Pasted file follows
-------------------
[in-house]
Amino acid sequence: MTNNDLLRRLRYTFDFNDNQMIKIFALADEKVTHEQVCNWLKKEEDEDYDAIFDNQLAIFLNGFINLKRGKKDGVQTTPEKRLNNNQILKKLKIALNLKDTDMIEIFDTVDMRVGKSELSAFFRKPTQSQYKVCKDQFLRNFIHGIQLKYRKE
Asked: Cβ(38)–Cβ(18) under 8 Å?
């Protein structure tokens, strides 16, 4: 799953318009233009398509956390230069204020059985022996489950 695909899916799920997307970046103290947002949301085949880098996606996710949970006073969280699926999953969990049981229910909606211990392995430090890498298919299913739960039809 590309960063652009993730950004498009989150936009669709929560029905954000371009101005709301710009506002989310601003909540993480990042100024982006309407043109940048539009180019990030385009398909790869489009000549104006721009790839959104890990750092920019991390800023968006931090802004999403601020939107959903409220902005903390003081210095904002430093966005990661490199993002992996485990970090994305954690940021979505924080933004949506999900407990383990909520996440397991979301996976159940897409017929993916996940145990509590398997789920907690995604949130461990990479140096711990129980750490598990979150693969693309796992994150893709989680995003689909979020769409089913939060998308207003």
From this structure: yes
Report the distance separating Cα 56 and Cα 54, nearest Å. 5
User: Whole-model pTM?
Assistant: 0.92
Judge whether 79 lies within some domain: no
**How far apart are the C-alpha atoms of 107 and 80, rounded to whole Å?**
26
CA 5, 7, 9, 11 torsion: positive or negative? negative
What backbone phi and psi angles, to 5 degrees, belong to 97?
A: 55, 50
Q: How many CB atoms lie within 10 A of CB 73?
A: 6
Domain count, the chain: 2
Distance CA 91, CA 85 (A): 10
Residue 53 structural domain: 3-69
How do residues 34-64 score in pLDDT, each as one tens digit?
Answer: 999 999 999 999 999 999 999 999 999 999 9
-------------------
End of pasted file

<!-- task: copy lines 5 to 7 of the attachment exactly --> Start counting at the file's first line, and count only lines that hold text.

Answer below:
From this structure: yes
Report the distance separating Cα 56 and Cα 54, nearest Å. 5
User: Whole-model pTM?